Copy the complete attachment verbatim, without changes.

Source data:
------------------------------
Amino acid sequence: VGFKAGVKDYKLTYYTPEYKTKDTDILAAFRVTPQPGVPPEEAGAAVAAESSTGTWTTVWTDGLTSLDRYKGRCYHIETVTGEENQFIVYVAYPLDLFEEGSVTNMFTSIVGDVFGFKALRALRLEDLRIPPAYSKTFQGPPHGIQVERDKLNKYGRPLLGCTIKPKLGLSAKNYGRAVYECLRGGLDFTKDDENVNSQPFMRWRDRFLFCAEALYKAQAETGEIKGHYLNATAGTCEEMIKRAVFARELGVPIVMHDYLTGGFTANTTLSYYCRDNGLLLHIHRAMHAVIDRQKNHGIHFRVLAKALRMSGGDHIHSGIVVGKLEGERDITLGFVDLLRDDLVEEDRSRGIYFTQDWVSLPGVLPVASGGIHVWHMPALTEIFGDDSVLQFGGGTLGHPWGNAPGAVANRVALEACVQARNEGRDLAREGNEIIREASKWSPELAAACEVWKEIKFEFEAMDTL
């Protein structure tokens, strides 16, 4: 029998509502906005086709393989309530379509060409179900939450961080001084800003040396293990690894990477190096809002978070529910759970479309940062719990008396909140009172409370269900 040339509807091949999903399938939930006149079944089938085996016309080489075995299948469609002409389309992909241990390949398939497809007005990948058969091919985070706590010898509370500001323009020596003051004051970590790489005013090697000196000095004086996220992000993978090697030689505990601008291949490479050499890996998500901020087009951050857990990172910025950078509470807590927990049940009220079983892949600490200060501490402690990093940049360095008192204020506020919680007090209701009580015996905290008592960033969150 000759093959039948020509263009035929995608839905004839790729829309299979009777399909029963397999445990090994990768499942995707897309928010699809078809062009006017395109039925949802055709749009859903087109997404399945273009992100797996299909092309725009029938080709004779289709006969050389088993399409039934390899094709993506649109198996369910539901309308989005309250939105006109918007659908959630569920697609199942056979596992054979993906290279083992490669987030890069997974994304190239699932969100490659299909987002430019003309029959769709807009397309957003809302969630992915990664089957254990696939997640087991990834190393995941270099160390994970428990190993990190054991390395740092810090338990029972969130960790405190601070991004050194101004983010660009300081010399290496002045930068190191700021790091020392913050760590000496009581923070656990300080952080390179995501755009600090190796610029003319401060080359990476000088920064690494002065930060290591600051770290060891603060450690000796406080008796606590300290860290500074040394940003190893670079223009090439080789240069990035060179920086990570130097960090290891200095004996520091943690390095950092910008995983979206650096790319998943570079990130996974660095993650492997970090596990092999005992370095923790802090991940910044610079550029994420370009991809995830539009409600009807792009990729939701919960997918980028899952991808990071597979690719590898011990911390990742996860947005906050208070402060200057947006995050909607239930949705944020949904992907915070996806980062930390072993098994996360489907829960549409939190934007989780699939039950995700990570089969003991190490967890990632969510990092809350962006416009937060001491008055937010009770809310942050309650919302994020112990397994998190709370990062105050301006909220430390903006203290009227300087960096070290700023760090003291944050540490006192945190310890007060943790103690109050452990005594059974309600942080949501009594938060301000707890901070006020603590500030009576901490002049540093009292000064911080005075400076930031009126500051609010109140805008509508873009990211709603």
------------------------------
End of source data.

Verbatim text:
Amino acid sequence: VGFKAGVKDYKLTYYTPEYKTKDTDILAAFRVTPQPGVPPEEAGAAVAAESSTGTWTTVWTDGLTSLDRYKGRCYHIETVTGEENQFIVYVAYPLDLFEEGSVTNMFTSIVGDVFGFKALRALRLEDLRIPPAYSKTFQGPPHGIQVERDKLNKYGRPLLGCTIKPKLGLSAKNYGRAVYECLRGGLDFTKDDENVNSQPFMRWRDRFLFCAEALYKAQAETGEIKGHYLNATAGTCEEMIKRAVFARELGVPIVMHDYLTGGFTANTTLSYYCRDNGLLLHIHRAMHAVIDRQKNHGIHFRVLAKALRMSGGDHIHSGIVVGKLEGERDITLGFVDLLRDDLVEEDRSRGIYFTQDWVSLPGVLPVASGGIHVWHMPALTEIFGDDSVLQFGGGTLGHPWGNAPGAVANRVALEACVQARNEGRDLAREGNEIIREASKWSPELAAACEVWKEIKFEFEAMDTL
């Protein structure tokens, strides 16, 4: 029998509502906005086709393989309530379509060409179900939450961080001084800003040396293990690894990477190096809002978070529910759970479309940062719990008396909140009172409370269900 040339509807091949999903399938939930006149079944089938085996016309080489075995299948469609002409389309992909241990390949398939497809007005990948058969091919985070706590010898509370500001323009020596003051004051970590790489005013090697000196000095004086996220992000993978090697030689505990601008291949490479050499890996998500901020087009951050857990990172910025950078509470807590927990049940009220079983892949600490200060501490402690990093940049360095008192204020506020919680007090209701009580015996905290008592960033969150 000759093959039948020509263009035929995608839905004839790729829309299979009777399909029963397999445990090994990768499942995707897309928010699809078809062009006017395109039925949802055709749009859903087109997404399945273009992100797996299909092309725009029938080709004779289709006969050389088993399409039934390899094709993506649109198996369910539901309308989005309250939105006109918007659908959630569920697609199942056979596992054979993906290279083992490669987030890069997974994304190239699932969100490659299909987002430019003309029959769709807009397309957003809302969630992915990664089957254990696939997640087991990834190393995941270099160390994970428990190993990190054991390395740092810090338990029972969130960790405190601070991004050194101004983010660009300081010399290496002045930068190191700021790091020392913050760590000496009581923070656990300080952080390179995501755009600090190796610029003319401060080359990476000088920064690494002065930060290591600051770290060891603060450690000796406080008796606590300290860290500074040394940003190893670079223009090439080789240069990035060179920086990570130097960090290891200095004996520091943690390095950092910008995983979206650096790319998943570079990130996974660095993650492997970090596990092999005992370095923790802090991940910044610079550029994420370009991809995830539009409600009807792009990729939701919960997918980028899952991808990071597979690719590898011990911390990742996860947005906050208070402060200057947006995050909607239930949705944020949904992907915070996806980062930390072993098994996360489907829960549409939190934007989780699939039950995700990570089969003991190490967890990632969510990092809350962006416009937060001491008055937010009770809310942050309650919302994020112990397994998190709370990062105050301006909220430390903006203290009227300087960096070290700023760090003291944050540490006192945190310890007060943790103690109050452990005594059974309600942080949501009594938060301000707890901070006020603590500030009576901490002049540093009292000064911080005075400076930031009126500051609010109140805008509508873009990211709603």